They said He’s not Good Enough for Me

It is so twisted how people can easily tell you that you are undeserving of love. Since when did love become exclusive? Since when did people become undeserving of love?

“Uyab mo? Dapat nangita sad kag imong katimbang oy.” (You’re in a relationship with him? You should’ve chosen someone in the same level as you.)

“Dapat nanguyab ka’g taga syudad.” (You should’ve chosen someone from the city.)

“Ikaw humana ka’g college, pero diba siya kay bag-o paman na hingbalik og eskwela?” (You already graduated from college while he’s still starting, right?)

Those were the words I received from other people way back 2014, when Anton and I just started. When I heard those words, I couldn’t speak. I couldn’t believe how this toxic mindset and culture are deemed right and just. I froze there, silent and devastated. Those were the very words my man had to endure in silence. People thought he did not deserve me just because he’s underprivileged. I was hurt, but I know that he was the one who was hurt the most.

Today is a story we are so used to seeing in the movies. However this time, you will read real struggles of two people who never believed that there are lesser or better people when it comes to love.

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An Afternoon in Kiyosu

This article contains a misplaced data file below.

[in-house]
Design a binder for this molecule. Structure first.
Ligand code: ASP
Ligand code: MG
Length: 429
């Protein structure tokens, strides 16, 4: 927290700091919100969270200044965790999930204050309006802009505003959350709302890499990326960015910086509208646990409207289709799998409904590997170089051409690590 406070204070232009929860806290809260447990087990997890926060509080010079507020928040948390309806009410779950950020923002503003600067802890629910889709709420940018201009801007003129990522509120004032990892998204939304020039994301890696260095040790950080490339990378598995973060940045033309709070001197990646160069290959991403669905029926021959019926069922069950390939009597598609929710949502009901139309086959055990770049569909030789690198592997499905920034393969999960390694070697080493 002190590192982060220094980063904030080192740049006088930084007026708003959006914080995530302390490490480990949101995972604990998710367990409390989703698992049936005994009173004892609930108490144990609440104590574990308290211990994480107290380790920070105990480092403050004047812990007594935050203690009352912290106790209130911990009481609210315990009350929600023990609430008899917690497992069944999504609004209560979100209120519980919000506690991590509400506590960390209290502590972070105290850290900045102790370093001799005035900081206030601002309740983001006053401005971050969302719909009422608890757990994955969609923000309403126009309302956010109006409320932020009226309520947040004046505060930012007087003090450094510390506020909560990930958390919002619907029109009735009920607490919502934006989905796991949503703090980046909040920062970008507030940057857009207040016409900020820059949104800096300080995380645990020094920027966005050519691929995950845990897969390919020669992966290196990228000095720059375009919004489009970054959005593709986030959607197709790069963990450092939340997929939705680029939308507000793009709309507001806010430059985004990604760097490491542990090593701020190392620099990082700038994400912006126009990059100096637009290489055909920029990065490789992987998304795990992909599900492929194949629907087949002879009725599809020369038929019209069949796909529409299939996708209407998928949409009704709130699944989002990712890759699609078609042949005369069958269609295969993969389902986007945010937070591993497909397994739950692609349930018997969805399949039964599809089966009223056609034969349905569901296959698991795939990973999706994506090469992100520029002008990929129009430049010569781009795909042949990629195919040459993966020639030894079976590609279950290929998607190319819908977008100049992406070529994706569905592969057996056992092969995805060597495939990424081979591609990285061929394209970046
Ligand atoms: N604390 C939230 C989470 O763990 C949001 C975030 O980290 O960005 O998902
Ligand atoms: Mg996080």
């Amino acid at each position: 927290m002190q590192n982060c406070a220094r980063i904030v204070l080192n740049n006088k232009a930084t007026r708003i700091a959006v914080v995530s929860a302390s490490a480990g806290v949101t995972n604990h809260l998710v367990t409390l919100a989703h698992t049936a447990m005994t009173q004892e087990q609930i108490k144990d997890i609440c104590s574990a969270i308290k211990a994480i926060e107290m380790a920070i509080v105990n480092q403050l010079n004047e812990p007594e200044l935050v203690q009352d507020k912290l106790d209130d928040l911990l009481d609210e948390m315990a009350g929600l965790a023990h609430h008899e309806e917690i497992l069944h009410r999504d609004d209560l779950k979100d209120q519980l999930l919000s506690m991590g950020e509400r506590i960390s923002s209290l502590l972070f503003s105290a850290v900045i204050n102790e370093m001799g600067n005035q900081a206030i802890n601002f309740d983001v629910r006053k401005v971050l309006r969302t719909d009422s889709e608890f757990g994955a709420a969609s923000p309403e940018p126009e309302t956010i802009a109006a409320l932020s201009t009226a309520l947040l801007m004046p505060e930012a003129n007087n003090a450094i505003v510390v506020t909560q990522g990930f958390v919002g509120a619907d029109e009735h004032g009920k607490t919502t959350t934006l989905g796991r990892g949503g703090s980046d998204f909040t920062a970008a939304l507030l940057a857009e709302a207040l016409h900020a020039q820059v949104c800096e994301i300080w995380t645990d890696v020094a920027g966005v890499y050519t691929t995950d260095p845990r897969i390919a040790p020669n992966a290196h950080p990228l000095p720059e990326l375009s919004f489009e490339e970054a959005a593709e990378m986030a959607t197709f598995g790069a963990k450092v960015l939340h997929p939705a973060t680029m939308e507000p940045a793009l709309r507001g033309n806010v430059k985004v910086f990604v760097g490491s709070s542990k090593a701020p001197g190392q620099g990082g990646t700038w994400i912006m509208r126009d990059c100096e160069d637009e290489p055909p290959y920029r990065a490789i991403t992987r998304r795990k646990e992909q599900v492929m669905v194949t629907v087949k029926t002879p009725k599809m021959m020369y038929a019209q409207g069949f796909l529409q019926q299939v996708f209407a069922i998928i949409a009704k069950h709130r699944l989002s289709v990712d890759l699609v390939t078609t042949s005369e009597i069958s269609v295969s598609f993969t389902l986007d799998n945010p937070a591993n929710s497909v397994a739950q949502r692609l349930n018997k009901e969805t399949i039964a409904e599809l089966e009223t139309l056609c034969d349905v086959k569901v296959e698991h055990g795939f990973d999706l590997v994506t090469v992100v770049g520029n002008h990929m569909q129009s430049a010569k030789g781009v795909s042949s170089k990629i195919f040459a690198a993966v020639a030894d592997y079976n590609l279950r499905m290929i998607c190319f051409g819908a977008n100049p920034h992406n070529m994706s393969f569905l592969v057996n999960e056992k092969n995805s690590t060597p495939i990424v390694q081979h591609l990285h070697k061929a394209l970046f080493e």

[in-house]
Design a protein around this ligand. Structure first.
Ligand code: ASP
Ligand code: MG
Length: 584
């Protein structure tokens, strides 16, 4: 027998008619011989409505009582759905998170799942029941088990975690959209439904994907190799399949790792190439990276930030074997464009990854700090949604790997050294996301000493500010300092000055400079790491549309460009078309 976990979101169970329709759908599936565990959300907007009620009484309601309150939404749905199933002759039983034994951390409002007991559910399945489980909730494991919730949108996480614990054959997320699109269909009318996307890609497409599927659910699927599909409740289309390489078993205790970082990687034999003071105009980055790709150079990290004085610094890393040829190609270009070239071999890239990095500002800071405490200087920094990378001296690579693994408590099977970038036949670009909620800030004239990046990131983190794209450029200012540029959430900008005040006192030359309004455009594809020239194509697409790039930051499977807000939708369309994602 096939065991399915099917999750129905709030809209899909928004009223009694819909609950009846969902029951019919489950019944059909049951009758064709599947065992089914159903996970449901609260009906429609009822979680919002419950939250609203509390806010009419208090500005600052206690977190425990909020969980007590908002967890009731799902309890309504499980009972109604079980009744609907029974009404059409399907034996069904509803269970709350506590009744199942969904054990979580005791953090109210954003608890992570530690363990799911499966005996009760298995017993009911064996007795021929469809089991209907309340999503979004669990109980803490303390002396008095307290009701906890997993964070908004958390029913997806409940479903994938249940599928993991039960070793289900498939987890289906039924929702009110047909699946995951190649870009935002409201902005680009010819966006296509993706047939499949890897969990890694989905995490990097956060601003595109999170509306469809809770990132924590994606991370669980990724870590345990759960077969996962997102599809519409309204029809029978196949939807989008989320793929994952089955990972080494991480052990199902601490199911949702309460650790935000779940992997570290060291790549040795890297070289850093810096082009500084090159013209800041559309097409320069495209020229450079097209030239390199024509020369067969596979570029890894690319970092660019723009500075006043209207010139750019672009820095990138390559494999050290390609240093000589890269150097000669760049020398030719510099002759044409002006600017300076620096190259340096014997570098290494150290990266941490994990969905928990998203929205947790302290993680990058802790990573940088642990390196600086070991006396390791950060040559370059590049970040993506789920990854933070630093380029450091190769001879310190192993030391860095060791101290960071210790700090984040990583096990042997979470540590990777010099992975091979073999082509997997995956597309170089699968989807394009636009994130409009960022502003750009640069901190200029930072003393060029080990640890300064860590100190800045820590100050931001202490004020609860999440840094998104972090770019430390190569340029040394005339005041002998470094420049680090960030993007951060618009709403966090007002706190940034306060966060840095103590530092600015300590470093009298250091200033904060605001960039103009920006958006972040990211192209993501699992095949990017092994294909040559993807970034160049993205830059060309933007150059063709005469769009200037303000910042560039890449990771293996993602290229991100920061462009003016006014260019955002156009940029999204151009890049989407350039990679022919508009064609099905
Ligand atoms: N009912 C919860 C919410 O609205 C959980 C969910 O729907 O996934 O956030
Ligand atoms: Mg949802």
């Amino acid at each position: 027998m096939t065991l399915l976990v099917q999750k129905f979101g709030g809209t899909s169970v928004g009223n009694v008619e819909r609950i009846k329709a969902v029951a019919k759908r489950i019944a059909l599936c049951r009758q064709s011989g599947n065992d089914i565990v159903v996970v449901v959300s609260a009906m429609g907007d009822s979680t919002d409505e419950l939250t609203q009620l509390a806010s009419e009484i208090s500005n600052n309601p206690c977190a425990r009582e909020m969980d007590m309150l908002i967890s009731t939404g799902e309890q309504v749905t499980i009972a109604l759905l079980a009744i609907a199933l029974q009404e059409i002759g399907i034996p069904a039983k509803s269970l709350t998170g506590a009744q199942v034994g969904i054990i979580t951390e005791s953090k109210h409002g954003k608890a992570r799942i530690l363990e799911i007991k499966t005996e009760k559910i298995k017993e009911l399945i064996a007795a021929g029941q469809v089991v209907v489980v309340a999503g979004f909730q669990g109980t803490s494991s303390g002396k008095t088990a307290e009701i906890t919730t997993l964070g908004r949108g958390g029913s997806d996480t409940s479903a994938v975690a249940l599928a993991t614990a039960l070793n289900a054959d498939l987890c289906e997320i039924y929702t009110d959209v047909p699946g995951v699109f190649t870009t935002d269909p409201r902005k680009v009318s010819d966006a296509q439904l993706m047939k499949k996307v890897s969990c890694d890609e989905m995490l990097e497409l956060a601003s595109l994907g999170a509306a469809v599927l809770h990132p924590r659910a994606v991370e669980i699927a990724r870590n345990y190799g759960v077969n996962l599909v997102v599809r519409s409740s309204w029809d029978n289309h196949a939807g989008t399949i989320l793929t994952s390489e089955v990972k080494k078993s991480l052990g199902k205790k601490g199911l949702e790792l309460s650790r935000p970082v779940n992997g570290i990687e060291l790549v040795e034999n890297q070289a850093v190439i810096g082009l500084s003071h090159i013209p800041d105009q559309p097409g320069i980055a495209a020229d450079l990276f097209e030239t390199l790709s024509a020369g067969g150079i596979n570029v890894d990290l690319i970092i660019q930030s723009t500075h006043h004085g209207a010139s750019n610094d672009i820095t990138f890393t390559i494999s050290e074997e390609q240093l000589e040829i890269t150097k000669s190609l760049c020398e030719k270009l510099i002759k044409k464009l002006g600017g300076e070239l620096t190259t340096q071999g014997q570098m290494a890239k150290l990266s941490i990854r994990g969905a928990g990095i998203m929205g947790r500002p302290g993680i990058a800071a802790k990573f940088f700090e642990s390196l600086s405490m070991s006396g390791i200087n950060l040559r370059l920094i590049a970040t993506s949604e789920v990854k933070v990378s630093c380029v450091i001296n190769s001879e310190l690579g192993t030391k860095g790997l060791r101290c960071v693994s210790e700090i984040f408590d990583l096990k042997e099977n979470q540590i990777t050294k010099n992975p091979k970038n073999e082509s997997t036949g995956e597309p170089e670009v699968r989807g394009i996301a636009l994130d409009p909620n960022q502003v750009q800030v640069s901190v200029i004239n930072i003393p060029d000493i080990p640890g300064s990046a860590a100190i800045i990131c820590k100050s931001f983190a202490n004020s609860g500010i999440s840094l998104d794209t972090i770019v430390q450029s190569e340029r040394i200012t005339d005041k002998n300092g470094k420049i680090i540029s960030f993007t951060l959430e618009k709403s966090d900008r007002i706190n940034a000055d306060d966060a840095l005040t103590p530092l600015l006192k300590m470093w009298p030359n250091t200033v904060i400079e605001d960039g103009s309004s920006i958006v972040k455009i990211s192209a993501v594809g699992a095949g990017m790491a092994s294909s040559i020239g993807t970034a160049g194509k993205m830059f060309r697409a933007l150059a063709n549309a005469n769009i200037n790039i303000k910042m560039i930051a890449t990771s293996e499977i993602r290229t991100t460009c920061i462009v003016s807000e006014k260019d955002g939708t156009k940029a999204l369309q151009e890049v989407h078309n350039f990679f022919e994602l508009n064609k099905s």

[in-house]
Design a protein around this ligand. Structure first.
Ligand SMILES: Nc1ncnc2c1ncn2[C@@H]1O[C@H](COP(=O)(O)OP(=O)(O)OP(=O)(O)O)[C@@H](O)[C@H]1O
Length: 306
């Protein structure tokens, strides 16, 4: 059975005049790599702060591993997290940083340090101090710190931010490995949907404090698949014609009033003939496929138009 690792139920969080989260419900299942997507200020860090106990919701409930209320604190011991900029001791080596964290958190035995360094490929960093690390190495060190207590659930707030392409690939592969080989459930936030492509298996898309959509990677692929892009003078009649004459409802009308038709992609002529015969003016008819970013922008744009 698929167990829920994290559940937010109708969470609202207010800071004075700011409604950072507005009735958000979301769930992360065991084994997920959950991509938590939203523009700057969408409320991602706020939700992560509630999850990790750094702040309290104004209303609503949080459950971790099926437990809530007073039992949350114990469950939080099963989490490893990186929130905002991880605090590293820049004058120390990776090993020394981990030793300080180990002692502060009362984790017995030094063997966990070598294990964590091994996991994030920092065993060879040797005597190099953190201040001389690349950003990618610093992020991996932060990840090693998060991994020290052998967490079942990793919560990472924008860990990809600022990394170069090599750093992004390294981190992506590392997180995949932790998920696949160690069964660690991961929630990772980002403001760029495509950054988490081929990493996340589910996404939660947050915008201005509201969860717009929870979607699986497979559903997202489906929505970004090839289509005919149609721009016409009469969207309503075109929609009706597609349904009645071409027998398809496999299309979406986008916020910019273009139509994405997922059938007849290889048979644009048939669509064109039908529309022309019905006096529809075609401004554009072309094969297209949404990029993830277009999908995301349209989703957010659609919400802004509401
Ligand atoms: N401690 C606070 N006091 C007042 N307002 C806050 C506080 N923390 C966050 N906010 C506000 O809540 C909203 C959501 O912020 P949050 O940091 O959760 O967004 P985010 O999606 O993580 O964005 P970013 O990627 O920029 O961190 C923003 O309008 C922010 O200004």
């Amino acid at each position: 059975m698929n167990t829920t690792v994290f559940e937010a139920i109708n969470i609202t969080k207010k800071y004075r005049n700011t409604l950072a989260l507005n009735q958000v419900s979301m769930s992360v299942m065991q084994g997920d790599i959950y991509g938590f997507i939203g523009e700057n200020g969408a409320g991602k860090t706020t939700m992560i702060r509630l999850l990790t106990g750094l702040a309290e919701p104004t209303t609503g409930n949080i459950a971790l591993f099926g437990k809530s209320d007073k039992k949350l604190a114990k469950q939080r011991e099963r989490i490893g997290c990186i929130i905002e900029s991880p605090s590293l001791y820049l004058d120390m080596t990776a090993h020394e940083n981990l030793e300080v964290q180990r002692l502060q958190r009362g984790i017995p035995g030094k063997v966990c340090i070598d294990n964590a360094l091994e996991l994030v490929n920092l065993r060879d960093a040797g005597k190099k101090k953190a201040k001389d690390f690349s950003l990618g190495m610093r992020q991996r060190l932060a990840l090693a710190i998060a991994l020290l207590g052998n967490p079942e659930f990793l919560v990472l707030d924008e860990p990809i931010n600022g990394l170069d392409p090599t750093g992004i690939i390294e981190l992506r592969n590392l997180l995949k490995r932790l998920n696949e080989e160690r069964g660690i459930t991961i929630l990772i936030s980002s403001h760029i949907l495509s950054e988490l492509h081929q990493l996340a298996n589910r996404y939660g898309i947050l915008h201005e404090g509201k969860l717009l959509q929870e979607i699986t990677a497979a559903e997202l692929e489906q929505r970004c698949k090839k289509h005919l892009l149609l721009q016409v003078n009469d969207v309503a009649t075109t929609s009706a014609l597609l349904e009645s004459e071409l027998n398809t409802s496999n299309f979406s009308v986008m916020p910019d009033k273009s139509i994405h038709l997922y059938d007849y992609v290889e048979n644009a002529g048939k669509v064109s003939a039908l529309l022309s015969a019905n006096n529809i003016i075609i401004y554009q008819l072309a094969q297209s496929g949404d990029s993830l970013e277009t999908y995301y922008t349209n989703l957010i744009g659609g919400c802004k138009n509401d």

I am currently on a mission to visit all the castles in Aichi, and while mapping out my target locations, I came across pretty Kiyosu. Kiyosu is a small city near Nagoya. Prior to going there, I had no other intention to do there other than to visit their castle, but it turned out, I actually had a great afternoon around the neighborhood. Why? Well, read ahead!

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#LearnFromTheWorld: Let culturally-diverse Singapore teach us about Inclusivity

I’m from the Philippines. Despite the umbrella term “Filipino,” we are, in a way, a diverse country, and we are very far from becoming an inclusive nation. I grew up seeing fellow Filipinos encourage divisiveness against each other in terms of religion and ethnicity. For years, I was accustomed into thinking that this kind of divisiveness is too complex to fix that it has to become the norm. Meeting Singapore last year has absolutely proved me all wrong. Singapore has taught me that inclusivity in a diverse country is absolutely possible, and this is what this article is all about.

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